Michael R. Draper PLS
For Washington County, UT Recorder
Hello Washington County and all of you who have not only taken the time to get to know me better but those of you who are committed to helping shape the future of our community.
Here’s a little about me personally.
I grew up in Wayne County, Utah where I learned the meaning of a hard days work on the ranch and the importance of community.
In my personal time, my passions are competitive shooting, canyoneering, backpacking, history, anthropology and boundary law.
I've been a practicing Professional Land Surveyor for most of my working life.
What exactly does a Professional Surveyor do?
We protect the property rights of the citizens. That’s it in a nutshell. Utah entrusts Professional Surveyors with that one task. There is no such thing as "your" property line. There is only the common line between you and all of your neighbors. For this reason, it is our duty to evaluate all boundary lines in a non-bias and professional manner, regardless of who contracted our services.
Surveying has many subdisciplines but determining boundary locations and interpreting the effect of associated property rights falls strictly under the purview of those who have attained professional licensure. This is for good reason, because this is the point where all of the measurements, numbers on a deeds, and all the fancy new technology go to the wayside.
When we talk property rights, what we’re really talking is history and the actions of generations before us. All of our property rights are reliant on the actions, laws, traditions and technologies that came before. It is the Surveyor's job to understand these elements and determine how they manifest themselves today in our generation.
Technology is ever changing and our ability to measure accurately is no exception. Contrary to common belief, the numbers mean very little, especially when modern measurements inevitably conflict with historical monuments found on the ground. When this happens (and it does every day), we must fall back to the title record where we're looking for original patents, the timing, context, manner and sequence of how title has been passed down through generations.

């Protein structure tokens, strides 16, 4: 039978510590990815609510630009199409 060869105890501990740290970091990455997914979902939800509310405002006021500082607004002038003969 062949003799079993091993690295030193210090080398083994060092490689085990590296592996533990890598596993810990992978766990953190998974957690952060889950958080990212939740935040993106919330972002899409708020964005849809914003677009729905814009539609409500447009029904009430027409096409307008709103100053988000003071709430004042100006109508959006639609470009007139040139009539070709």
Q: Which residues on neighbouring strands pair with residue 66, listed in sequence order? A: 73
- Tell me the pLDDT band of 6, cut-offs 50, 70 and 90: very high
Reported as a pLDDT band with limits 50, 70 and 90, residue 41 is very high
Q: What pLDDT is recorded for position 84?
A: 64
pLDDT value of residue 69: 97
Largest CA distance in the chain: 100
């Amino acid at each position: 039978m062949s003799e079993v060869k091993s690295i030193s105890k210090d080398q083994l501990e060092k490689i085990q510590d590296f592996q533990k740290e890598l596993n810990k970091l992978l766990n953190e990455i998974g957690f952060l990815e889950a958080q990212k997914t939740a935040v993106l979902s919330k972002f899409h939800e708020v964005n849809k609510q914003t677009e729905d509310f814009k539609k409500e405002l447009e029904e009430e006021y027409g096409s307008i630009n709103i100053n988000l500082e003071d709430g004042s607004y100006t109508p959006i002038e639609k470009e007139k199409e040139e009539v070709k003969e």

The courts in our country have consistently placed existing or prior legal property rights above any numbers on a deed.
The legal and factual answers as to where a boundary should be located isn’t in the current title record as it appears today. It’s on the ground, it’s in the collective story of our community and most importantly, it’s found in the archives of the Recorders Office where they’ve faithfully watched over and protected our history since before Utah was a state.
Knowing the history and the legal effect of the title or "paper" history is of paramount importance.
It is not however, the end of the story. Taking our understanding of those documented rights to the ground is where the rubber really meets the road.
For example, the stone shown in the picture below hadn't been located in well over 100 years. Once recovered, it moved a boundary line over 150 feet from where the paper record said it should be.
Monuments on the ground control but only the title record gives legal substance to their meaning.
So why would I be a great canidate for County Recorder?
A competent, committed and passionate Surveyor understands better than most what an important role the Recorder's Office plays in our society. We not only know how the records are organized but we know how they were created, their legal effect and how they manifest themselves into very real corners on the ground. Our expertise doesn't just touch on select elements. Our professional requires we understand the whole land rights spectrum, start to finish.
This is what I've committed my life to, with the end goal always being to protect our community. Our County Recorder's Office shares the same goal.
To be clear, it’s not the Recorder's place to determine boundaries or even give legal advice on such matters. That said, I feel it's extremely important to have a Recorder that truly understands and appreciates the importance of the Office.
I've performed research in countless counties over the years and hands down, Washington County has the most open, accessable and free to the public records system anywhere. Our County has placed great importance on funding and the folks down to our Recorder's Office have made it a reality. From a title perspective, we are the envy of many. This is a tradition I would like to continue into the future. There is still much work to do and that is a task I would proudly take on for our community.
I’d like to thank you for taking the time to visit my page. Regardless of your personal or political leanings I think we can all agree that property ownership is a cornerstone of our American way of life. I know you all love Washington County as much as I do and ultimately we all share a common goal of not only protecting our rights but those of the generations that follow.
Ellections aside, I’d like all of you to know that if you ever have questions or concerns about land ownership and all that comes with it, my door is open. I love to talk shop and to get to know my community better. I’m happy to speak with any of you at any time.